Overall, 37.5 percent of parents said they preferred in-person instruction, 32.3 percent favored remote learning, and 30.2 percent chose the hybrid model.

Parents’ preference varied by grade level. A plurality of high school and middle parents said they preferred the hybrid model; 39.3 percent of high school parents and 34.2 percent of middle school parents chose that option. The favorite at the elementary school level was in-person instruction, with 40.7 percent of the vote.

Teachers were also surveyed as part of the process; 690 teachers had completed the survey as of July 27. Roughly half of those who completed the survey teach at the elementary school level with the remainder split between middle and high school.

Teachers preferred the hybrid model; 40 percent of teachers chose that option, 35.4 percent favored remote learning and 24.6 percent selected in-person instruction.

Committee member Paul Bregoli asked if it would be possible to provide in-person instruction full-time at the elementary level, given that 40.7 percent of elementary parents supported that approach.

“Keeping their attention with an online model, I think, is very difficult,” Bregoli said. “I’ve been there as a teacher and as a counsellor and I know those kids.”

In addition, Bregoli said students in that age group are less likely to contract and spread COVID-19.

“The science says that those kids are the least likely to contract the virus and the least likely to pass it on, so I don’t think there is an issue in terms of putting people in danger – either students or staff,” he said.

Mulvey, the interim superintendent, said roughly 50 percent of elementary parents would have to opt into full-time remote learning in order to create enough space that the remaining could receive in-person instruction full-time.

“We’re not giving up on it,” he said. “We would love to see in-person for elementary, just because [of the] difficulty of doing remote learning, even in the hybrid model, for the younger grades.”

Mulvey said the district does have enough teachers to move ahead with the proposed hybrid model – as well as a remote-only program for students whose families opt to keep their children out of schools this year.

The district, Mulvey added, is looking to hire additional certified teachers as substitutes in the event they are needed in case a teacher becomes ill or otherwise needs to take time off. The district does have some specialists – such as literacy and math specialists – who could shift into teaching roles. Assistant principals and certain members of the superintendent’s leadership team could potentially be pressed into service as teachers if necessary.

The first day of classes for students in Quincy is currently Sept. 9.

The state is allowing districts to push back the start of the school year to as late as Sept. 16 so teachers can receive extra training on remote instruction.  Mulvey said Quincy Public Schools should delay the start of the school year to Sept. 16 to allow for the additional professional development. That would equal a delay of five school days.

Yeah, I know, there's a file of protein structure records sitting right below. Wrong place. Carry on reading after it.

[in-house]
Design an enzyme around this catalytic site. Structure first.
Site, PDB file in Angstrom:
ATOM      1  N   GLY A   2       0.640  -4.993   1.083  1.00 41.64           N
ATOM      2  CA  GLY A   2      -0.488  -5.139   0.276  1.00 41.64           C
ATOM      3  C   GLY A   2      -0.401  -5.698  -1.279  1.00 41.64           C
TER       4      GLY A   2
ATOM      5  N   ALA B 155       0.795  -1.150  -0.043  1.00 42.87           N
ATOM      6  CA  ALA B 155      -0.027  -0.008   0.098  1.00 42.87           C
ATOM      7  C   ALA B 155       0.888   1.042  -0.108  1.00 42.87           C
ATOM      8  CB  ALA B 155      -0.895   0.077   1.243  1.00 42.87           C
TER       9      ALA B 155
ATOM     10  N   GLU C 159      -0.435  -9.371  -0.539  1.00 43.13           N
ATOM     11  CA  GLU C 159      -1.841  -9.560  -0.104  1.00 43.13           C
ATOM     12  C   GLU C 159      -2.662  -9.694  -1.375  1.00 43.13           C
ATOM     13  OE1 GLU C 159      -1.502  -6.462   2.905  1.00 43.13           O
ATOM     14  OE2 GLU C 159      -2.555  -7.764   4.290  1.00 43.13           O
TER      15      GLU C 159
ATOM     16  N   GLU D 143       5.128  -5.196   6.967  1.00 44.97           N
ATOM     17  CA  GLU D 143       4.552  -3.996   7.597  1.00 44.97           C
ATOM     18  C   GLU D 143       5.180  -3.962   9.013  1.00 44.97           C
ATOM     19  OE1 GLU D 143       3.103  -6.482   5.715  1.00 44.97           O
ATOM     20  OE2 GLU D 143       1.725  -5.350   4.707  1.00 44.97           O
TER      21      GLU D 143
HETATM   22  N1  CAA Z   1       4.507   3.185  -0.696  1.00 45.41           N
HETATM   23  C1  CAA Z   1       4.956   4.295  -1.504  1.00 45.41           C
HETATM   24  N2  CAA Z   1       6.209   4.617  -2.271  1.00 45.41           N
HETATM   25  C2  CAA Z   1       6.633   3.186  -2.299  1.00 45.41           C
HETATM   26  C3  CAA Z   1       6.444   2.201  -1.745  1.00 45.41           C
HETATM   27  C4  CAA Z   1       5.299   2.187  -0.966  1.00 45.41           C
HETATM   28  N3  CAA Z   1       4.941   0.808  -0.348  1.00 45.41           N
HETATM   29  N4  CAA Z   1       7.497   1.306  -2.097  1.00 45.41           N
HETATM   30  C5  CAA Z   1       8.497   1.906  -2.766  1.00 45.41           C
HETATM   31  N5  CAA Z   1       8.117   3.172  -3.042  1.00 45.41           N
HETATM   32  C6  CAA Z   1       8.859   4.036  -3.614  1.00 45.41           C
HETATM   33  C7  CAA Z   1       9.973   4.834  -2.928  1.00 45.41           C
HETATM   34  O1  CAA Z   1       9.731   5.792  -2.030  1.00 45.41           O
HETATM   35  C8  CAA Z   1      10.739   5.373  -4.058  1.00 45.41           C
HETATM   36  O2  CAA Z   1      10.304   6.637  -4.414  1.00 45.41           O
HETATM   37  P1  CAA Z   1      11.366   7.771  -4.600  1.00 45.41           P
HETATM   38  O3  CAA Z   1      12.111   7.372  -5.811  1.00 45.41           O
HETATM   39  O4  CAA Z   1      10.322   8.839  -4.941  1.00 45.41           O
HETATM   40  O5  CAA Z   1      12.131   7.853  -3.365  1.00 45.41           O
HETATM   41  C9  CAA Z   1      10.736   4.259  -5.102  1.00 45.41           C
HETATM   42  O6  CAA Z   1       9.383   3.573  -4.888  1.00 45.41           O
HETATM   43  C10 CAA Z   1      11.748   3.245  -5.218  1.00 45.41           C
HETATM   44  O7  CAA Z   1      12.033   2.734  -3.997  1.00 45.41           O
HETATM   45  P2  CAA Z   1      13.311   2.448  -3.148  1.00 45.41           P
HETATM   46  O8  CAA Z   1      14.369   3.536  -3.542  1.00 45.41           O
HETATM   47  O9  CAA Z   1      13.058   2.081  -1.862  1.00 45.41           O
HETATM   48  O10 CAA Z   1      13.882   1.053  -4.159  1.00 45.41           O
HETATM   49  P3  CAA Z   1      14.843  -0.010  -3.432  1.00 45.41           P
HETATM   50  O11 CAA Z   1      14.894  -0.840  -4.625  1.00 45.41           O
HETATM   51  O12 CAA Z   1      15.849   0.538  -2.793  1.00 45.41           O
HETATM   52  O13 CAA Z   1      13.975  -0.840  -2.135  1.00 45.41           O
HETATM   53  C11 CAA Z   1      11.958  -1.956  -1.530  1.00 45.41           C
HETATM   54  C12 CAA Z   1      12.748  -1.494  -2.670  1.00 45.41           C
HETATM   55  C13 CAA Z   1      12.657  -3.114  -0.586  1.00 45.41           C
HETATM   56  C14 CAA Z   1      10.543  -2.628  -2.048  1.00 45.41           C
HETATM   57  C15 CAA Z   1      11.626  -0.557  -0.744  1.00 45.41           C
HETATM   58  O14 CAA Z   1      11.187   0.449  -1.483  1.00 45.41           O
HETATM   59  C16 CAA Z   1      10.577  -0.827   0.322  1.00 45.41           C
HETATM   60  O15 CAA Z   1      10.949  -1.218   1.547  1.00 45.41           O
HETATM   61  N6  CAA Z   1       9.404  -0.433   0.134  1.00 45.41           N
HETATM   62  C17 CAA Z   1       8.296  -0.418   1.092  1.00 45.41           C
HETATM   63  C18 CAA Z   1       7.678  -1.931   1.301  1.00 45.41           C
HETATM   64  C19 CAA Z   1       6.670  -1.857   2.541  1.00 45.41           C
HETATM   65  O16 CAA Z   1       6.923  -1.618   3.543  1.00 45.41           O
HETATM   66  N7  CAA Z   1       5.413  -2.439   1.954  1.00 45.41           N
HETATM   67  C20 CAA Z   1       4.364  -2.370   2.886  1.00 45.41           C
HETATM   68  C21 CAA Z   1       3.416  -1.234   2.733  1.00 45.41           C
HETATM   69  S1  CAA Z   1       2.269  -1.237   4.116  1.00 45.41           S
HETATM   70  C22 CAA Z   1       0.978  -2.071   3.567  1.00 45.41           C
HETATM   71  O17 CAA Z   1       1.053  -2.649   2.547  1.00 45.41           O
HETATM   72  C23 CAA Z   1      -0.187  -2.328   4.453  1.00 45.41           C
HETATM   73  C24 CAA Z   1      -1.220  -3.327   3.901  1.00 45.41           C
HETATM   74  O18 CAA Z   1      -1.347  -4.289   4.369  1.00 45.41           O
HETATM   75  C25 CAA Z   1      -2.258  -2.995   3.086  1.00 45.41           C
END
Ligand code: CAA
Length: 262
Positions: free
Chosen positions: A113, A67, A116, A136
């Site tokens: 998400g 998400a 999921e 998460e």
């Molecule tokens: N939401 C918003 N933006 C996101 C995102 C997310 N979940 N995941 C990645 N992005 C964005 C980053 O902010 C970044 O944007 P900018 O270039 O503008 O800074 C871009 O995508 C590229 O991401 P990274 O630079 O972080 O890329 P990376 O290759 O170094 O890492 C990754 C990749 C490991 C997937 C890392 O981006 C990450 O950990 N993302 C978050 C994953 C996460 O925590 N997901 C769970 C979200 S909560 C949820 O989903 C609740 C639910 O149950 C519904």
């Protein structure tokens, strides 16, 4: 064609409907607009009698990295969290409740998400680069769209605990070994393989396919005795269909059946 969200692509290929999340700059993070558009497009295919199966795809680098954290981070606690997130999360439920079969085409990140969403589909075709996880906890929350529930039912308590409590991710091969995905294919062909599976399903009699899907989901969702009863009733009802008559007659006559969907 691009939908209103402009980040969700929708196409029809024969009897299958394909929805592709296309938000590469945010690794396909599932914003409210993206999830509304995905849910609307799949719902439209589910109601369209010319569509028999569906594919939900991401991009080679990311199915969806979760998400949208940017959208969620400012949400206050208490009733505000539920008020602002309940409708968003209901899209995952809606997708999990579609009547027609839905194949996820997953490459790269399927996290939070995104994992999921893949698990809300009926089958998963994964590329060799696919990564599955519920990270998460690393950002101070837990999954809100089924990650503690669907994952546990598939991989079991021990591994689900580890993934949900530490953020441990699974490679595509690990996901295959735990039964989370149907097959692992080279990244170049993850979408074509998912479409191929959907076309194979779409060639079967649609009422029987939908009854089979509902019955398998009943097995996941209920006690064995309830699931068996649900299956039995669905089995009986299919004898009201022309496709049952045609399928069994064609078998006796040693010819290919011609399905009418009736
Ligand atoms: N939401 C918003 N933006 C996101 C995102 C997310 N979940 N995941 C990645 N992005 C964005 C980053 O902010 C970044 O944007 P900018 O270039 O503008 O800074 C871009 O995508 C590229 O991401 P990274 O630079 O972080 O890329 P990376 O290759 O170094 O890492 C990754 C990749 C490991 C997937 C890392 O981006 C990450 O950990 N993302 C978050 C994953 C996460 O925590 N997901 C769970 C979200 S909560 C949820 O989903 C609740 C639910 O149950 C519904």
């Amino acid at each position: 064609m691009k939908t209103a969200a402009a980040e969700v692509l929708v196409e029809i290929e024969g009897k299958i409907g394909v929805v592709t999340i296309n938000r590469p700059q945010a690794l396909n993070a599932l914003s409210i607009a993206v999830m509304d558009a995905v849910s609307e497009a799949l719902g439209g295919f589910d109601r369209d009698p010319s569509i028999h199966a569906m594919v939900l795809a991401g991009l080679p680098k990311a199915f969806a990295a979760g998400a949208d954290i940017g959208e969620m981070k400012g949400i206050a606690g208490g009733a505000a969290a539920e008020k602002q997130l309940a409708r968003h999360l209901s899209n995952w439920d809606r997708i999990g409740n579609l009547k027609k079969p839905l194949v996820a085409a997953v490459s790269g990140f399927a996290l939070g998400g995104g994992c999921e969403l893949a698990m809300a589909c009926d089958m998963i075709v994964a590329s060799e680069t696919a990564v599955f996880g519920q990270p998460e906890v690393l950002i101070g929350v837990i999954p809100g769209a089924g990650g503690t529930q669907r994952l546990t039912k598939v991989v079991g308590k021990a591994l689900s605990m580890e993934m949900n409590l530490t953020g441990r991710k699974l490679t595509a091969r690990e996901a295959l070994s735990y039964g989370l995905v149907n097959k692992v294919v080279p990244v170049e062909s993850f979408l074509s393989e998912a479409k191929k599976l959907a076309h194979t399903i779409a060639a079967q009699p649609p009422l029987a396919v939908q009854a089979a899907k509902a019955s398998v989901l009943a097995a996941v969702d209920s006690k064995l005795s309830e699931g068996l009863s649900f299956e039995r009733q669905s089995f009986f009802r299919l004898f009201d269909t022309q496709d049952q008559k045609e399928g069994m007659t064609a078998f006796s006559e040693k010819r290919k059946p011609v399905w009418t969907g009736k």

Three Finalists Chosen In Quincy Superintendent Search


The three finalists to become the next superintendent of the Quincy Public Schools have been identified and will interview with the School Committee over the next two weeks.

The three finalists are Omar Easy, the executive assistant principal for business engagement and innovation at Everett High School; Jahmal Mosley, superintendent of the Nashua, N.H., school system; and Kevin Mulvey, the interim superintendent in Quincy.

The School Committee will interview Easy on Tuesday, Aug. 4; Mulvey on Tuesday, Aug. 11; and Mosley on Thursday, Aug. 13. Each of those interviews will begin at 6 p.m. and will be open to the public.

The committee will then convene on Friday, Aug. 14, to select the new superintendent.

The school system is looking for a new superintendent for the first time in two decades. Richard DeCristofaro, the superintendent since 2001, left that position in June to become the president of Quincy College.

Twenty candidates applied for the open position. A 13-person search committee narrowed the field of applicants down to eight semifinalists who the search committee interviewed behind closed doors. The search committee had been tasked with picking three to six external candidates as finalists; internal applicants automatically qualified as finalists.

School board member Frank Santoro, who led the search committee, said there had been a fourth finalist chosen but that person withdrew their name from consideration.

To establish the selection criteria for the new superintendent, the School Committee partnered with the Massachusetts Association of School Committees to develop a leadership profile. Nearly 1,000 residents and other stakeholders responded to an online survey as part of that process, and 120 people participated in focus groups.

Heather Hamilton Independent Candidate For County Commissioner

Brookline Select Board member Heather Hamilton has officially qualified as an independent candidate for one of the two Norfolk County Commissioner seats up for election Nov. 3rd.

Heather Hamilton

The three commissioners are elected to staggered four-year terms. Two commissioner seats are on the ballot this fall. One seat is open and the other is currently held by Quincy Democrat Joseph Shea who is running for re-election.

The three commissioners currently control a $31.7 million budget drawn partially from local property assessments with the rest coming from state funds. Amidst the COVID-19 pandemic, Hamilton said she seeks to return as much of this money as possible directly to the county’s 28 cities and towns to relieve distressed municipal budgets.